ANN ARBOR, Mich. — As students head back to the classroom for the new school years, parents nationwide agree that bullying stands as their biggest worry for their children, a new study finds.
As part of an annual survey, researchers at the University of Michigan’s C.S. Mott Children’s Hospital collected data on the concerns of more than 2,000 adults as it pertained to their young ones, finding that bullying and cyberbulling occupied the minds of 61% of parents.
Not far behind on the list of “big problems” for children and teens was the fear of insufficient exercise (60%), unhealthy eating (57%), drug abuse (56%), and internet safety (55%). Child abuse, suicide, depression, teen pregnancy, and stress rounded out the top 10 worries.
“Adults across the country recognized bullying, including cyberbullying, as the leading health problem for U.S. children,” says Dr. Gary Freed, the study’s co-author, in a news release.
The survey asked parents which risks left them feeling “very concerned,” “somewhat concerned,” or “not concerned.” Among the most pressing areas that led the “very concerned” families: Bullying or cyberbullying (34%), internet safety (30%), stress (28%), motor vehicle accidents (28%), school violence (25%), depression (22%), unhealthy eating (22%), insufficient exercise (21%), drug abuse (20%), and sexting (20%) on the list of parental concerns.
Still, a given parent’s greatest concerns varied substantially, depending on their background and the ages of their children, even when fears were irrational.
African-American parents, for instance, were most troubled by racial inequities and school violence subjected toward their children.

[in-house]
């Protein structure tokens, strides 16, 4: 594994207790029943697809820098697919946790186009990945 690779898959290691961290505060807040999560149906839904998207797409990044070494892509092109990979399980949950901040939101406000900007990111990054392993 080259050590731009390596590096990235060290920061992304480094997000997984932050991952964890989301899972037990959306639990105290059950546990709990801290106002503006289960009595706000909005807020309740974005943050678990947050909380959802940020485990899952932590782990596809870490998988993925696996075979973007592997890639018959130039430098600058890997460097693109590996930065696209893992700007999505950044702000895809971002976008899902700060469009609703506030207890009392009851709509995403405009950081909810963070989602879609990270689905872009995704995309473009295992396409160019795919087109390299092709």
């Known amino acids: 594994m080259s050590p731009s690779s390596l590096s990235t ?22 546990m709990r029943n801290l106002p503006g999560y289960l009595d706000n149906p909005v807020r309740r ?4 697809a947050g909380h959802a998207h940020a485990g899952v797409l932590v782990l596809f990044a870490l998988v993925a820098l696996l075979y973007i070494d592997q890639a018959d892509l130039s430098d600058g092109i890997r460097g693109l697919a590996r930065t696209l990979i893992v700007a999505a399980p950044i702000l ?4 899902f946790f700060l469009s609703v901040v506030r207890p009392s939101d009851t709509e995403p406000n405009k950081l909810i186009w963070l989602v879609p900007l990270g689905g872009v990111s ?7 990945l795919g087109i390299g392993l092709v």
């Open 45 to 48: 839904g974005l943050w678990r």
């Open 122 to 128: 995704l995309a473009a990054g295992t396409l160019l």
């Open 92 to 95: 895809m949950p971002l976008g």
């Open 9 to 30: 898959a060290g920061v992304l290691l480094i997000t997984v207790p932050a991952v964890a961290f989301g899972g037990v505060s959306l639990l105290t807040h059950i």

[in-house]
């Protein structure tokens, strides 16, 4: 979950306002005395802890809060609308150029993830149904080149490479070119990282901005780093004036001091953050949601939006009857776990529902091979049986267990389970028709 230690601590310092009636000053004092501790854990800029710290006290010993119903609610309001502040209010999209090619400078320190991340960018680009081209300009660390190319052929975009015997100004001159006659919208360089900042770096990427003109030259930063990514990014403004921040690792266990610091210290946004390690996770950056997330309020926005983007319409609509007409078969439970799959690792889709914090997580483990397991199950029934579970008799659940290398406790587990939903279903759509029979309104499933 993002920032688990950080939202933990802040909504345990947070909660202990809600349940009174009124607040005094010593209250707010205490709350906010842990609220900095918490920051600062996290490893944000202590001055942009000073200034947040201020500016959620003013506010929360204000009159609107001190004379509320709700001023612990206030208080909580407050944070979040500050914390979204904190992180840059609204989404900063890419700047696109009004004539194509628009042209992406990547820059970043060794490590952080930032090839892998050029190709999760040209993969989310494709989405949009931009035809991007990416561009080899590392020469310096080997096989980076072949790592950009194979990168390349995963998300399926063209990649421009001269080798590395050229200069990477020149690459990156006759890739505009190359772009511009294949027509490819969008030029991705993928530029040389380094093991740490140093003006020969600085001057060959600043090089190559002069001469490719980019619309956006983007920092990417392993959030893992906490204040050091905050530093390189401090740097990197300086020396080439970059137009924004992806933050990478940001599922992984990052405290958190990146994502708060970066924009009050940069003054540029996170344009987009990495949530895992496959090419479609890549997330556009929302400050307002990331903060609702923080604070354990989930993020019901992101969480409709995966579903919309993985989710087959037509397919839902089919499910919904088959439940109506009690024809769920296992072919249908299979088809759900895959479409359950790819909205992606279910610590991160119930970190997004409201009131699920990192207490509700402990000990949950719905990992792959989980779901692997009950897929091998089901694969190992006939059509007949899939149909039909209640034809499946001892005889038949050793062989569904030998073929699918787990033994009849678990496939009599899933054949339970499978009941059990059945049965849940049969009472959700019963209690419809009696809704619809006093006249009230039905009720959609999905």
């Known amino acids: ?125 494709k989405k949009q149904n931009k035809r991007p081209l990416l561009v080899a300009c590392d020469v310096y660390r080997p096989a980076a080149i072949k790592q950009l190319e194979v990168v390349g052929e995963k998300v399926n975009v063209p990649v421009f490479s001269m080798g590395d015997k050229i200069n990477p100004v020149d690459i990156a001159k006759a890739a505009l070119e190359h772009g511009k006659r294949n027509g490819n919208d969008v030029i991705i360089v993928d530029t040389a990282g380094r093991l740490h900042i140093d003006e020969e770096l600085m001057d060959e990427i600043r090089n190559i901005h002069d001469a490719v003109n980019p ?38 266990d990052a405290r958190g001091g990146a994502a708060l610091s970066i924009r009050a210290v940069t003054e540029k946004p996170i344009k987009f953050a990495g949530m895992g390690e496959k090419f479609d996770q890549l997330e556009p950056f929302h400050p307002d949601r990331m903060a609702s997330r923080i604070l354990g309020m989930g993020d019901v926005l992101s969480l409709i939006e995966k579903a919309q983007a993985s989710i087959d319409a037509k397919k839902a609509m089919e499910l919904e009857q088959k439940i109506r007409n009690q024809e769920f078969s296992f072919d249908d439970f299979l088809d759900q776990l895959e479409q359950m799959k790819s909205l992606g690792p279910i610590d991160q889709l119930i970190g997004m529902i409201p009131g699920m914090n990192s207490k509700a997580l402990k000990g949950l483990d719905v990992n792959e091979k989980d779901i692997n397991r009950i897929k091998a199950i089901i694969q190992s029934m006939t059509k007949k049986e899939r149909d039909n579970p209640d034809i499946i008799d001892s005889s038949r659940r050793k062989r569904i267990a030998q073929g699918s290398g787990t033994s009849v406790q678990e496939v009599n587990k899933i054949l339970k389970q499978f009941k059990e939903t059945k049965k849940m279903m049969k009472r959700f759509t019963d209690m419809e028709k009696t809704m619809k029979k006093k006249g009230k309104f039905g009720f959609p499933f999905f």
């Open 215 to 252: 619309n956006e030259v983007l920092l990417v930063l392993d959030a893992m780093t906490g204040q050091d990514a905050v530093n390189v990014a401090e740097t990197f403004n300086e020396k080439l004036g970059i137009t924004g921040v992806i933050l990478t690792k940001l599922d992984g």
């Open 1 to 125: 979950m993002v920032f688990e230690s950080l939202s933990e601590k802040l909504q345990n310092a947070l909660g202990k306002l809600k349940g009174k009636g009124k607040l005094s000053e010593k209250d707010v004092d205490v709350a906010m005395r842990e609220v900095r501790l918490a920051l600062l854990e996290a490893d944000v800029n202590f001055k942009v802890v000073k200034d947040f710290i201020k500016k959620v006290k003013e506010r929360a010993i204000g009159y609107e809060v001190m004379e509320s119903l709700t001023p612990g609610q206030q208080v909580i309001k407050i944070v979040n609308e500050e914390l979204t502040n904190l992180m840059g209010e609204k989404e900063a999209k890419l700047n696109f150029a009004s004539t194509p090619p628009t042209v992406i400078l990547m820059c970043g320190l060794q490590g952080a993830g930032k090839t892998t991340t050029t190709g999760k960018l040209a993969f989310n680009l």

“For parents of children ages 0-5,” Freed adds, “cancer was rated as a top health concern even though pediatric cancer is quite rare. Parents may have concerns about very serious conditions despite the small risk for them.
While teasing and taunting have occurred on playgrounds for time immemorial, concerns about the effects of technology on young kids’ psyches is a newer development.
Cyberbullying, in particular, has been linked to increased incidences of depression and anxiety, trouble sleeping, with some victims even resorting to suicide. Bullied children are also at a higher risk of suffering from chronic disease later in life.
Kids can also be targeted by older predators, which can carry the risk of physical danger. A study earlier this year found that many teens are afraid to tell their parents about online troubles.
“Parents should regularly discuss internet safety with their children and teens and ways to prevent problems,” Freed advises. “Simple effective strategies may include not providing personal identifying information on social media, chat platforms, or in shared gaming environments.”
Despite the increase in internet-related perils, some traditional traps, such as vehicle accidents — the leading cause of death among those aged two to 14 — still hold relevance in the minds of parents.
The Mott Poll surveyed a representative sample of American households in which children under the age of 18 resided.